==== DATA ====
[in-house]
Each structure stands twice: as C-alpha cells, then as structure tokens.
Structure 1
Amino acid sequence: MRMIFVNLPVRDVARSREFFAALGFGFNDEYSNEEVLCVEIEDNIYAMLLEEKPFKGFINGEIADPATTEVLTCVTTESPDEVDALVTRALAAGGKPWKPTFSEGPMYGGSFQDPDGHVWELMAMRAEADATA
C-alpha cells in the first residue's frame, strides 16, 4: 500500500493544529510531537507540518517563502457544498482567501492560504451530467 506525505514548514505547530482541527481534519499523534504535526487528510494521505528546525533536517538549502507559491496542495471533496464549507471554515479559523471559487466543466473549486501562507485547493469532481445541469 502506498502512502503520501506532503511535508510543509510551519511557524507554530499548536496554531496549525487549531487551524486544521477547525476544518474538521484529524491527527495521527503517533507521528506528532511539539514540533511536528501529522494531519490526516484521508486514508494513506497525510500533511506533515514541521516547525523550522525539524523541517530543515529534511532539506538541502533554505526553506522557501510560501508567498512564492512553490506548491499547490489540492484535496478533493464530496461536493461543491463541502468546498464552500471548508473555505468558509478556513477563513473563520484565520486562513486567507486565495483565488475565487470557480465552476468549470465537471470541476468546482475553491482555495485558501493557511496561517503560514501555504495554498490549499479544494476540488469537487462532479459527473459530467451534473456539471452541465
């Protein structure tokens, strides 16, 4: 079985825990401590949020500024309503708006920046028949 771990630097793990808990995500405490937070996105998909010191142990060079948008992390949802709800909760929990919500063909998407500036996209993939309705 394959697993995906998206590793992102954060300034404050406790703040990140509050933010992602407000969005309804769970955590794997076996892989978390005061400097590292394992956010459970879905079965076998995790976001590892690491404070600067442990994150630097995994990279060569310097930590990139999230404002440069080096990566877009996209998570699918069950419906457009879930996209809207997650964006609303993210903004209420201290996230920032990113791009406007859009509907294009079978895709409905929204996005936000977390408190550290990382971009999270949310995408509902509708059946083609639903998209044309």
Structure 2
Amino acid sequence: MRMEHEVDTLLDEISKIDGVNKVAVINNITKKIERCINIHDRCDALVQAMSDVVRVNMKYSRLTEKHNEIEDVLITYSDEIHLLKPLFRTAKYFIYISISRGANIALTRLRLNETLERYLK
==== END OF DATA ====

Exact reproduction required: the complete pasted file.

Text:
[in-house]
Each structure stands twice: as C-alpha cells, then as structure tokens.
Structure 1
Amino acid sequence: MRMIFVNLPVRDVARSREFFAALGFGFNDEYSNEEVLCVEIEDNIYAMLLEEKPFKGFINGEIADPATTEVLTCVTTESPDEVDALVTRALAAGGKPWKPTFSEGPMYGGSFQDPDGHVWELMAMRAEADATA
C-alpha cells in the first residue's frame, strides 16, 4: 500500500493544529510531537507540518517563502457544498482567501492560504451530467 506525505514548514505547530482541527481534519499523534504535526487528510494521505528546525533536517538549502507559491496542495471533496464549507471554515479559523471559487466543466473549486501562507485547493469532481445541469 502506498502512502503520501506532503511535508510543509510551519511557524507554530499548536496554531496549525487549531487551524486544521477547525476544518474538521484529524491527527495521527503517533507521528506528532511539539514540533511536528501529522494531519490526516484521508486514508494513506497525510500533511506533515514541521516547525523550522525539524523541517530543515529534511532539506538541502533554505526553506522557501510560501508567498512564492512553490506548491499547490489540492484535496478533493464530496461536493461543491463541502468546498464552500471548508473555505468558509478556513477563513473563520484565520486562513486567507486565495483565488475565487470557480465552476468549470465537471470541476468546482475553491482555495485558501493557511496561517503560514501555504495554498490549499479544494476540488469537487462532479459527473459530467451534473456539471452541465
């Protein structure tokens, strides 16, 4: 079985825990401590949020500024309503708006920046028949 771990630097793990808990995500405490937070996105998909010191142990060079948008992390949802709800909760929990919500063909998407500036996209993939309705 394959697993995906998206590793992102954060300034404050406790703040990140509050933010992602407000969005309804769970955590794997076996892989978390005061400097590292394992956010459970879905079965076998995790976001590892690491404070600067442990994150630097995994990279060569310097930590990139999230404002440069080096990566877009996209998570699918069950419906457009879930996209809207997650964006609303993210903004209420201290996230920032990113791009406007859009509907294009079978895709409905929204996005936000977390408190550290990382971009999270949310995408509902509708059946083609639903998209044309």
Structure 2
Amino acid sequence: MRMEHEVDTLLDEISKIDGVNKVAVINNITKKIERCINIHDRCDALVQAMSDVVRVNMKYSRLTEKHNEIEDVLITYSDEIHLLKPLFRTAKYFIYISISRGANIALTRLRLNETLERYLK